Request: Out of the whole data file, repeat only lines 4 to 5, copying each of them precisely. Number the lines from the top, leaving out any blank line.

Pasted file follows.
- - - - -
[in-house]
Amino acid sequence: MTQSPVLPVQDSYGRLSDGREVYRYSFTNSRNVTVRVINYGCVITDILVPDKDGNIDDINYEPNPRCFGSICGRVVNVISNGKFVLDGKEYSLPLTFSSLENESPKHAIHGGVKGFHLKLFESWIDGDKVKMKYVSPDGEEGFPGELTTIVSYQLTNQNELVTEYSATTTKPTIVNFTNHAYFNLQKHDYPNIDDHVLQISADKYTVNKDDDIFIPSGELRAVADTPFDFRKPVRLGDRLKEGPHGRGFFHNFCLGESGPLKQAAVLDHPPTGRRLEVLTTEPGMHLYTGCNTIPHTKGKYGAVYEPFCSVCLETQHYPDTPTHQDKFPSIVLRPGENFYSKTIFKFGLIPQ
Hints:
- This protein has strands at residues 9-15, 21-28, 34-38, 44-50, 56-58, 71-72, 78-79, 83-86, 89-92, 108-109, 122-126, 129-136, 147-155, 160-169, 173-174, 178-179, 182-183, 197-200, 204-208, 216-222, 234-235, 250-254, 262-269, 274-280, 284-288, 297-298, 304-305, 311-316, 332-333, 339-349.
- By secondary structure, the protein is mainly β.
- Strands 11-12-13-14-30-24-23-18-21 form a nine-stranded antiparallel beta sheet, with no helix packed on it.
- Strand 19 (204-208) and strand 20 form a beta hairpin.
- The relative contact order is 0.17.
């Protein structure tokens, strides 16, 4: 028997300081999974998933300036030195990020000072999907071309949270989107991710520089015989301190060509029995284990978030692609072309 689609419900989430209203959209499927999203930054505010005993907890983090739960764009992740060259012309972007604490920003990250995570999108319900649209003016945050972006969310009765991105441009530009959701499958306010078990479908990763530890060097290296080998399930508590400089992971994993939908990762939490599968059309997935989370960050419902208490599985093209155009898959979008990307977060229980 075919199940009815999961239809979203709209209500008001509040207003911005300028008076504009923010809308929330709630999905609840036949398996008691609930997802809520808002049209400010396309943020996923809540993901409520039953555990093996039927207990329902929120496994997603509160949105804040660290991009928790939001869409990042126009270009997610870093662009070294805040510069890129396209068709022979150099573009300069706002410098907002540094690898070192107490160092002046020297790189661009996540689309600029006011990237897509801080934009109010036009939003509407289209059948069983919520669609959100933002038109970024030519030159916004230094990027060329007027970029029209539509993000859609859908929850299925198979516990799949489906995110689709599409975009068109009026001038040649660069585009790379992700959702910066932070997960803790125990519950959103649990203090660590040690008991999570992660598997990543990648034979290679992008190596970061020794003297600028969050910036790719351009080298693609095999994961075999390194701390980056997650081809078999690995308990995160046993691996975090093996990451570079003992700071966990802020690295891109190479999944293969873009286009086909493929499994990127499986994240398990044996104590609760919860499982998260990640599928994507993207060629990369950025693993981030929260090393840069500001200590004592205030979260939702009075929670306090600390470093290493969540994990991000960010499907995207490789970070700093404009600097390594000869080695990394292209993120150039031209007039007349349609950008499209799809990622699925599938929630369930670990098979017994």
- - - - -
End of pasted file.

- This protein has strands at residues 9-15, 21-28, 34-38, 44-50, 56-58, 71-72, 78-79, 83-86, 89-92, 108-109, 122-126, 129-136, 147-155, 160-169, 173-174, 178-179, 182-183, 197-200, 204-208, 216-222, 234-235, 250-254, 262-269, 274-280, 284-288, 297-298, 304-305, 311-316, 332-333, 339-349.
- By secondary structure, the protein is mainly β.